The BLS recently released the new CPI and inflation statistics. This signals a weakening economy along the lines of Tim Duy's analysis. As Mark Thoma points out, the Fed does not have a lot room to defend the economy against a recession, and congress seems incapable of doing anything at the moment. The WSJ Economic Forecasters expectations indicate further trouble, since they are above actual inflation, but are dropping:
If lower inflation expectations exist in the rest of the economy we can expect slower growth in the coming months. Lower inflation expectations usually are a self fulfilling prophecy, since workers, firms, and households make decisions that reinforce the low inflation future. For example, firms might anticipate lower revenues and therefore lower prices in order to drive up sales.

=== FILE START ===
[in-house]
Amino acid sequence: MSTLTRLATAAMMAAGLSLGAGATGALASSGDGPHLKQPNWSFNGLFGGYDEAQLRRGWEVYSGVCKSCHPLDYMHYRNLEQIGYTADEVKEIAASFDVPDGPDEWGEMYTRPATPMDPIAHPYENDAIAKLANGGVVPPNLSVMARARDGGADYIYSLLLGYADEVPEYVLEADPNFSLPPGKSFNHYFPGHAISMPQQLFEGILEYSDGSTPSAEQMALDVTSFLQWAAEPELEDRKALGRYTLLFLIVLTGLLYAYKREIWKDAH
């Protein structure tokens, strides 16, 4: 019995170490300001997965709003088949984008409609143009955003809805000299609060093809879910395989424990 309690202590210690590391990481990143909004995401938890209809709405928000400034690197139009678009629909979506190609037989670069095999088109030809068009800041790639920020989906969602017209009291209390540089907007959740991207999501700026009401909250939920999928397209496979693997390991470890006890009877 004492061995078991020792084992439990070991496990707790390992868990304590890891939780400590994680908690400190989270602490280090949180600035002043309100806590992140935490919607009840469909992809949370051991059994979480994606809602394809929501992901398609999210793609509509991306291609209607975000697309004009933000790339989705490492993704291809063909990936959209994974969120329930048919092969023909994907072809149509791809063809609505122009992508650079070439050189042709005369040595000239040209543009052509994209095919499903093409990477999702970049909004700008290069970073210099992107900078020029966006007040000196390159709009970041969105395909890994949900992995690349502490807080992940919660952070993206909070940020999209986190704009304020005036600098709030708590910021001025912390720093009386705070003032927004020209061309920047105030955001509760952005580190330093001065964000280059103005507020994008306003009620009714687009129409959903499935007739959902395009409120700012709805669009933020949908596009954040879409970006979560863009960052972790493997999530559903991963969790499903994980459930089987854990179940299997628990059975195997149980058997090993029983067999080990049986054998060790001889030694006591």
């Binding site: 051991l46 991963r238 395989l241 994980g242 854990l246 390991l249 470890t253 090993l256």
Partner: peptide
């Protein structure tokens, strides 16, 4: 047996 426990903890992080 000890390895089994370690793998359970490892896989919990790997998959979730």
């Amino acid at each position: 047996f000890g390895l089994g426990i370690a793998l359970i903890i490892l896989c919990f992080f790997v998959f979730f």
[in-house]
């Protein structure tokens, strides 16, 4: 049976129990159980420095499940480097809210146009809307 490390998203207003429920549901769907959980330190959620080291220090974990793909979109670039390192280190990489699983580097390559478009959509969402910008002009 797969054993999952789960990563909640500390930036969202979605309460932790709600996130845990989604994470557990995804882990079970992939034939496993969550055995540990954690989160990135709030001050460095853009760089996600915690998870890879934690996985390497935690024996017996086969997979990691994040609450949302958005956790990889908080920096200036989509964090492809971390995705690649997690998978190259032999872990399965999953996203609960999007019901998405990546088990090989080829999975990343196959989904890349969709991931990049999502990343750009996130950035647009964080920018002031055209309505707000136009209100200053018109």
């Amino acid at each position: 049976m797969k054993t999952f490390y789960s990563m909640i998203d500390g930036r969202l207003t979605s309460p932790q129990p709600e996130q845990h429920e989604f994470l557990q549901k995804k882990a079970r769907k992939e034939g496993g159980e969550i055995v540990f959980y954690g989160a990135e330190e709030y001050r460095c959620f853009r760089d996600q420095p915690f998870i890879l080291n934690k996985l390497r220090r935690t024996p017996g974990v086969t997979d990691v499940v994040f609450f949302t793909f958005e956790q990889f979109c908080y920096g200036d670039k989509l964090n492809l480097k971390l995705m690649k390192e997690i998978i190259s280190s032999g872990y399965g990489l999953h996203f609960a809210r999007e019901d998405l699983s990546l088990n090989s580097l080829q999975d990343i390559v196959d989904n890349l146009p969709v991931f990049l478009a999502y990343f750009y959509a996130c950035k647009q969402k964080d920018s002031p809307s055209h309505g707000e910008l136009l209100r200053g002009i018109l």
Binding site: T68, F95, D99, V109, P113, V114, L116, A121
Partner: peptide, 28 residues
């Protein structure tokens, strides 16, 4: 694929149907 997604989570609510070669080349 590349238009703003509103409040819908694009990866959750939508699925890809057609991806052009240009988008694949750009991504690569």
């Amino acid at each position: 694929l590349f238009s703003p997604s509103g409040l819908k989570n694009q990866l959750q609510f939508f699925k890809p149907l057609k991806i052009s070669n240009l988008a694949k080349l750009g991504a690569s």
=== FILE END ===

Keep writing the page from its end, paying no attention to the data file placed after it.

How do these lower inflation expectations fit into the larger long term picture? Well, the same analysts forecast GDP growth at 2.38 and 1.94 in the 2018 and 2019, respectively. In addition, my previous post on Fed funds rate expectations uncertainty indicates that Federal Reserve credibility (at least in terms of future interest rates) has improved. Inflation expectations for 2017 are low, but expectations for 2018 and 2019 are both firmly above 2 percent. This suggests that analysts believe the economy will slow down in the next two years and that the Fed will take appropriate measures (with what little room they will have) to fend off or minimize a recession.